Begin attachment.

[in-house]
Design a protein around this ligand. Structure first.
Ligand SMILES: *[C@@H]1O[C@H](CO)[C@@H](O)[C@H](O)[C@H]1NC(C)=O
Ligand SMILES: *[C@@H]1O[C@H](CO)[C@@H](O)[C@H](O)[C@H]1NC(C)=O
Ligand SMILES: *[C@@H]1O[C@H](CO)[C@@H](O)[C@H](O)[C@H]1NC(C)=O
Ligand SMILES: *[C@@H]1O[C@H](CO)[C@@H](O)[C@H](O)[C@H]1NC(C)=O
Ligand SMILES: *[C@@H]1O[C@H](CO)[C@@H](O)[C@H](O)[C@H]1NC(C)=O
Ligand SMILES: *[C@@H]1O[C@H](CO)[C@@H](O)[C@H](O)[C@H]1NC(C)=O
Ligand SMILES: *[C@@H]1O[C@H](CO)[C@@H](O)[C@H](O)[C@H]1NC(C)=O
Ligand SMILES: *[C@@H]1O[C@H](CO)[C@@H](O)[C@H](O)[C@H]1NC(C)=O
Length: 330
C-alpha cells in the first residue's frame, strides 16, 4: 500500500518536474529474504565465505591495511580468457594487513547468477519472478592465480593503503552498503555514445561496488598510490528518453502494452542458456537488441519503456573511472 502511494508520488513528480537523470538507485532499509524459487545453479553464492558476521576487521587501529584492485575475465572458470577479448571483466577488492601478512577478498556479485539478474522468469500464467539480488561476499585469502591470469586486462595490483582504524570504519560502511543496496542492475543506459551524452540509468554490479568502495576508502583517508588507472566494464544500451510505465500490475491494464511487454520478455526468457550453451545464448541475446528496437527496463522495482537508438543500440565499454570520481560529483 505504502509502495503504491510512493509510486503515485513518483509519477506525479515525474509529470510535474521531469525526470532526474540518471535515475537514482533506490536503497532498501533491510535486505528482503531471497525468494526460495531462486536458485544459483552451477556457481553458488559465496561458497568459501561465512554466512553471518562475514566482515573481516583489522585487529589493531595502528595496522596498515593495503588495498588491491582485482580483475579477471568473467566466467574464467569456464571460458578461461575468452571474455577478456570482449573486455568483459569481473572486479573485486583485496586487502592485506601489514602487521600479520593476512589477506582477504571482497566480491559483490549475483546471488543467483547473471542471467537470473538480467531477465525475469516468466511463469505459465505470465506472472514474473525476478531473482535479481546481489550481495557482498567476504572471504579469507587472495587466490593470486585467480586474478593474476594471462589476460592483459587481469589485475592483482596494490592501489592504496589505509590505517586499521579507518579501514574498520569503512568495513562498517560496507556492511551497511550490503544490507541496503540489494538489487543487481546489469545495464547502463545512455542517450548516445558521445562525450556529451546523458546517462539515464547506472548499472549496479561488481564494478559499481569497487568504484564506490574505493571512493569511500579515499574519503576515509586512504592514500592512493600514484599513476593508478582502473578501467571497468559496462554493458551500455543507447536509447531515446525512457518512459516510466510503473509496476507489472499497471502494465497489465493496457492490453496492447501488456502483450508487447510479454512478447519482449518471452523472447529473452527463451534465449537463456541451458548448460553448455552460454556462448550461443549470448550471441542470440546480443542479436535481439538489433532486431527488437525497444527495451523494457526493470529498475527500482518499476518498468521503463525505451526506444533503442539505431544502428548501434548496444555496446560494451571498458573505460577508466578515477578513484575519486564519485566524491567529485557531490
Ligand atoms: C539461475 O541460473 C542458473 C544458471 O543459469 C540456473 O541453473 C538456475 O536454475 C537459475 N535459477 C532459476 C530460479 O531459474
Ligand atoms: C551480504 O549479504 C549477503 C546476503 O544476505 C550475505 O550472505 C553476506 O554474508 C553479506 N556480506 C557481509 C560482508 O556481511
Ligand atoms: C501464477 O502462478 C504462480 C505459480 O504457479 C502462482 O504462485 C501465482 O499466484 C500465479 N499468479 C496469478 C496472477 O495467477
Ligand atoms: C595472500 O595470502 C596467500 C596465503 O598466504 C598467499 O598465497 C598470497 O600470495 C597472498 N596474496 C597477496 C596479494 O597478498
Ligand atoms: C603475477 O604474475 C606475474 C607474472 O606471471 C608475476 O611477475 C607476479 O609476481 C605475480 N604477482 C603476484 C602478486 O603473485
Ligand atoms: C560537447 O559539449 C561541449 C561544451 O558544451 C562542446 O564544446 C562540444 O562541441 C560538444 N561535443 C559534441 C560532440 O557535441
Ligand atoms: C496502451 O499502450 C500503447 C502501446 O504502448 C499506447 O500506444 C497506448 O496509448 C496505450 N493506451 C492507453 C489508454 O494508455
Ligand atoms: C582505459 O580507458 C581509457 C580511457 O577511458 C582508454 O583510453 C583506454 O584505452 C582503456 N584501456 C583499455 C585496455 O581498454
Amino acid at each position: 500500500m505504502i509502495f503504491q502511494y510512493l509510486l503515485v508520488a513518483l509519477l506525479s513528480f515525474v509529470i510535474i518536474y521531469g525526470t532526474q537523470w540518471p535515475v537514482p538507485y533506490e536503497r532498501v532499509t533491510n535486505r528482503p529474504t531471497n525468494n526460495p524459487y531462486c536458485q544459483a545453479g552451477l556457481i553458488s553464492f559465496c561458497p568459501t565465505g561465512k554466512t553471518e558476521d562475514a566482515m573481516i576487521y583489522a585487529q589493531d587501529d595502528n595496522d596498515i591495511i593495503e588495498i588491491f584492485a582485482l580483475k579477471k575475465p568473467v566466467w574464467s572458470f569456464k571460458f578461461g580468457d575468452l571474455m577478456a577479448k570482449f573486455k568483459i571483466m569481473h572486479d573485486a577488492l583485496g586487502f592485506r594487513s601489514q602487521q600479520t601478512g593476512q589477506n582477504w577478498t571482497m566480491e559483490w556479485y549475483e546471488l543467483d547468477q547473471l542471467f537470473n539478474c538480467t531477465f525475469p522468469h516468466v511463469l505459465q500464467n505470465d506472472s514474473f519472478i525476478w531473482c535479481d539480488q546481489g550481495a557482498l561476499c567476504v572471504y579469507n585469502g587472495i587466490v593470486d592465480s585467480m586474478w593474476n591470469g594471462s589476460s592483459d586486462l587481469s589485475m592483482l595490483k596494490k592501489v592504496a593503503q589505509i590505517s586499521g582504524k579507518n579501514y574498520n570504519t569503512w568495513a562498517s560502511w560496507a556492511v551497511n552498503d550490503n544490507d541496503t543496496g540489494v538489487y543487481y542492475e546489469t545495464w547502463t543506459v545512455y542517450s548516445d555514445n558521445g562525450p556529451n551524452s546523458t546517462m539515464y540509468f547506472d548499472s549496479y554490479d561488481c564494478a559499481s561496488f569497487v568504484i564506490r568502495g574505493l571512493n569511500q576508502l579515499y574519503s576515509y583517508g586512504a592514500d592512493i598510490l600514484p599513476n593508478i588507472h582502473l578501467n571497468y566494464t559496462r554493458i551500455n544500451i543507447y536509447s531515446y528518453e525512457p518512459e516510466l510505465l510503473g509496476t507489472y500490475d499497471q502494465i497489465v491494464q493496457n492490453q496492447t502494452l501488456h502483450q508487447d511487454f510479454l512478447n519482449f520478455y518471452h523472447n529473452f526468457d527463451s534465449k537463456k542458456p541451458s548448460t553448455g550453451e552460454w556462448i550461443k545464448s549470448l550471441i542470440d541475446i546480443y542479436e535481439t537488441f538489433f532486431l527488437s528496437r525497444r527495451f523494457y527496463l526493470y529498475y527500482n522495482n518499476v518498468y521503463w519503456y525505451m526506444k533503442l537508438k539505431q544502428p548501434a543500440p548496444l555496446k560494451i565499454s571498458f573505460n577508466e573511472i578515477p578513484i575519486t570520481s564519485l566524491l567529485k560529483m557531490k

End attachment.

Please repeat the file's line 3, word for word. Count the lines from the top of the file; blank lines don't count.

Ligand SMILES: *[C@@H]1O[C@H](CO)[C@@H](O)[C@H](O)[C@H]1NC(C)=O